No One Wants To Donate To Pay For Overhead–So We Need To Call It Something Sexier by Ben Paynter

If you were a wealthy person and you gave, say, a million dollars to a charity working on building wells in Africa, you might expect (if you didn’t think about it too hard) that your money would go entirely toward those wells. That the group has to develop its own ideas and infrastructure to make sure it all goes off without a hitch is nice, but you’re not donating to pay the salary of a nonprofit worker: You want your money to do good. Many donors, following this logic, don’t want to spend money on back-end costs like buildings, equipment, leadership training, and salaries, when they could put cash directly toward a field project to make a tangible impact on the cause. And thus–even though it’s sort of like backing Google to roll out a search engine but not backing the servers and engineers to support it–they put restrictions on their donations: Those must not go toward what are called “indirect costs.”

“Our generation does not want its epitaph to read: ‘We kept charity overhead low.’”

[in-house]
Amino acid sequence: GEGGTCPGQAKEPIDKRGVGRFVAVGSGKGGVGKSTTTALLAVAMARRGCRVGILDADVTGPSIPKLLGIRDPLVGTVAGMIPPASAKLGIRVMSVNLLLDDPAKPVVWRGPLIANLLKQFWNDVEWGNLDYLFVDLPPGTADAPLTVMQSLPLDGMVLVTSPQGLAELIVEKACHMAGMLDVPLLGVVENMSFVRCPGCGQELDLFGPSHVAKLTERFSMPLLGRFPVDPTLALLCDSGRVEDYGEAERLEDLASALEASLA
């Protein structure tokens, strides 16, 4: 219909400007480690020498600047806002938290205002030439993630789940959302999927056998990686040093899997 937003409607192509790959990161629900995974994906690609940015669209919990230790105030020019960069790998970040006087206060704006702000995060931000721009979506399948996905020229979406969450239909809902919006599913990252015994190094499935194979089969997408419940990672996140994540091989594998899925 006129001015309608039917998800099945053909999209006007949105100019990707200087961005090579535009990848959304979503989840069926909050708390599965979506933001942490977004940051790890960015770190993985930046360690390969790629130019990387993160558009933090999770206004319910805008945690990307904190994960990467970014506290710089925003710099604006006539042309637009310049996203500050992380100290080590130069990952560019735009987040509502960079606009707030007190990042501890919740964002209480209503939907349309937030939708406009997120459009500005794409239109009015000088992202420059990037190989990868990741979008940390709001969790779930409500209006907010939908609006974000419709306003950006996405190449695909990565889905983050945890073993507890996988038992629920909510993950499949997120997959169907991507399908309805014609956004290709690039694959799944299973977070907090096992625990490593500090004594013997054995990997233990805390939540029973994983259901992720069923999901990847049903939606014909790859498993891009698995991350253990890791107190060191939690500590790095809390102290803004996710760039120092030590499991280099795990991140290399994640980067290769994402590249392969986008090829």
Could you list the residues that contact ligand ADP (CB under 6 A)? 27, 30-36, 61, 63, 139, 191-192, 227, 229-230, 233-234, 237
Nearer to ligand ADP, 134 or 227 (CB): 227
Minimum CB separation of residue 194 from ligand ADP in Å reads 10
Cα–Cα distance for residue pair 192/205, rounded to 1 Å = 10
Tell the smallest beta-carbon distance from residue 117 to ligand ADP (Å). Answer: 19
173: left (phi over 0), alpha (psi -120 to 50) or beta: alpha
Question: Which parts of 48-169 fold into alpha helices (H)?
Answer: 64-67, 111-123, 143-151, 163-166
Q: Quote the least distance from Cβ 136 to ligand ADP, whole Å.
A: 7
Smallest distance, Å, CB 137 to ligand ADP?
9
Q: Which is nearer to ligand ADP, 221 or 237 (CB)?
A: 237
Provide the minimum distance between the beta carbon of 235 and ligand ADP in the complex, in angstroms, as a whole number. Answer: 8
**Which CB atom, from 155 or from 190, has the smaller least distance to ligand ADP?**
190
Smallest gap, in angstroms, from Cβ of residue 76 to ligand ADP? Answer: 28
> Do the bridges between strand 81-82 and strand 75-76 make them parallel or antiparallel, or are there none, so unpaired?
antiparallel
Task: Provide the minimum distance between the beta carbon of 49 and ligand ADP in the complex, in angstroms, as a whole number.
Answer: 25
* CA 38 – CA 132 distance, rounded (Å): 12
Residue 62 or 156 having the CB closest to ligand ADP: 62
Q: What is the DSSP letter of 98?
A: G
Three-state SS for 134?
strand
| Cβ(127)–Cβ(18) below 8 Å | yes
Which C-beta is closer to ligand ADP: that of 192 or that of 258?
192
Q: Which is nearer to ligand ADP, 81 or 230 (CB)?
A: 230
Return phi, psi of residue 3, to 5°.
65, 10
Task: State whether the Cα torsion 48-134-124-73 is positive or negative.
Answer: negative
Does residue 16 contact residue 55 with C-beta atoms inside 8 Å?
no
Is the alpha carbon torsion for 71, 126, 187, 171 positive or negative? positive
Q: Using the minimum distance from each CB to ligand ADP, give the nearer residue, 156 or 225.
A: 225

This idea is known as “the overhead myth,” an industry catchphrase for what nonprofit watchdogs like Guidestar, the Better Business Bureau Wise Giving Alliance, and Charity Navigator, refer to in an open letter campaign as “the false conception that financial ratios are the sole indicator of nonprofit performance.”

And it’s a large problem: 75% of all U.S. foundation grant making is restricted, according to a 2011 National Committee for Responsive Philanthropy report. As Co.Exist has previously reported, the top U.S. foundations only allocate about 15% of their funding to indirect costs, according to a recent Bridgespan report. The result fuels another catchphrase–“the starvation cycle”–for where groups become so chronically underfunded that they have to spend their own resources chasing more money for more support, which hurts their ability to accomplish anything at all.

Read the full article @ Fast Company

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